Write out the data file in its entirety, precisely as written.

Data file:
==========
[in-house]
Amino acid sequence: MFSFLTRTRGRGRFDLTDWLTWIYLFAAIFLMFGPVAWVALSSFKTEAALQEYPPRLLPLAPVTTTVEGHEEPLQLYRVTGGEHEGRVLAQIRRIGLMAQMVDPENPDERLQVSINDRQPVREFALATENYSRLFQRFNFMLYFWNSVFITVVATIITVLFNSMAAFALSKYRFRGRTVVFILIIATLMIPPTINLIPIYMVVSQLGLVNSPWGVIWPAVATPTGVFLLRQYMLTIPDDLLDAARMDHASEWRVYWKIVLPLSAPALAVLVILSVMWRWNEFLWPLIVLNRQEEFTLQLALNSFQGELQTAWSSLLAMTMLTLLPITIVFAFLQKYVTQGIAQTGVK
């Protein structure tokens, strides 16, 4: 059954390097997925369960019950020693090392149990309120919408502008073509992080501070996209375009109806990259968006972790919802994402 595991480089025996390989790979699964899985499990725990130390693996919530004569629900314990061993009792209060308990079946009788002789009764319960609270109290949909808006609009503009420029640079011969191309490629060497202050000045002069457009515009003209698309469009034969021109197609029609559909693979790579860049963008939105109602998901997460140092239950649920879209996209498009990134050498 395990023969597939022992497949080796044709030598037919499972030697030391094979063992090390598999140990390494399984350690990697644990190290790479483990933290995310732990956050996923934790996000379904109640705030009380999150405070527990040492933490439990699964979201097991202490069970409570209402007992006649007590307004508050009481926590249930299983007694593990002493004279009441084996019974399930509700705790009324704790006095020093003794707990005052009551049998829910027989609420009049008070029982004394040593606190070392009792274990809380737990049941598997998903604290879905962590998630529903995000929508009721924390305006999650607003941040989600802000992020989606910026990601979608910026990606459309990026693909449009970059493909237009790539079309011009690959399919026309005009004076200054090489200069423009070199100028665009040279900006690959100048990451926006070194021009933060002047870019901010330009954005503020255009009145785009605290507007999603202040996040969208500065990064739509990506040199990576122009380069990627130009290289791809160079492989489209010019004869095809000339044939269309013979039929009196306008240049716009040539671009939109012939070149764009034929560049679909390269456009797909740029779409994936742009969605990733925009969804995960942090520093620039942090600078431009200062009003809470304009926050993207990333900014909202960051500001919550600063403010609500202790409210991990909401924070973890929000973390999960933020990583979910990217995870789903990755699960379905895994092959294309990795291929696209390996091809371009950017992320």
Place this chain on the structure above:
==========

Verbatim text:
[in-house]
Amino acid sequence: MFSFLTRTRGRGRFDLTDWLTWIYLFAAIFLMFGPVAWVALSSFKTEAALQEYPPRLLPLAPVTTTVEGHEEPLQLYRVTGGEHEGRVLAQIRRIGLMAQMVDPENPDERLQVSINDRQPVREFALATENYSRLFQRFNFMLYFWNSVFITVVATIITVLFNSMAAFALSKYRFRGRTVVFILIIATLMIPPTINLIPIYMVVSQLGLVNSPWGVIWPAVATPTGVFLLRQYMLTIPDDLLDAARMDHASEWRVYWKIVLPLSAPALAVLVILSVMWRWNEFLWPLIVLNRQEEFTLQLALNSFQGELQTAWSSLLAMTMLTLLPITIVFAFLQKYVTQGIAQTGVK
């Protein structure tokens, strides 16, 4: 059954390097997925369960019950020693090392149990309120919408502008073509992080501070996209375009109806990259968006972790919802994402 595991480089025996390989790979699964899985499990725990130390693996919530004569629900314990061993009792209060308990079946009788002789009764319960609270109290949909808006609009503009420029640079011969191309490629060497202050000045002069457009515009003209698309469009034969021109197609029609559909693979790579860049963008939105109602998901997460140092239950649920879209996209498009990134050498 395990023969597939022992497949080796044709030598037919499972030697030391094979063992090390598999140990390494399984350690990697644990190290790479483990933290995310732990956050996923934790996000379904109640705030009380999150405070527990040492933490439990699964979201097991202490069970409570209402007992006649007590307004508050009481926590249930299983007694593990002493004279009441084996019974399930509700705790009324704790006095020093003794707990005052009551049998829910027989609420009049008070029982004394040593606190070392009792274990809380737990049941598997998903604290879905962590998630529903995000929508009721924390305006999650607003941040989600802000992020989606910026990601979608910026990606459309990026693909449009970059493909237009790539079309011009690959399919026309005009004076200054090489200069423009070199100028665009040279900006690959100048990451926006070194021009933060002047870019901010330009954005503020255009009145785009605290507007999603202040996040969208500065990064739509990506040199990576122009380069990627130009290289791809160079492989489209010019004869095809000339044939269309013979039929009196306008240049716009040539671009939109012939070149764009034929560049679909390269456009797909740029779409994936742009969605990733925009969804995960942090520093620039942090600078431009200062009003809470304009926050993207990333900014909202960051500001919550600063403010609500202790409210991990909401924070973890929000973390999960933020990583979910990217995870789903990755699960379905895994092959294309990795291929696209390996091809371009950017992320």
Place this chain on the structure above: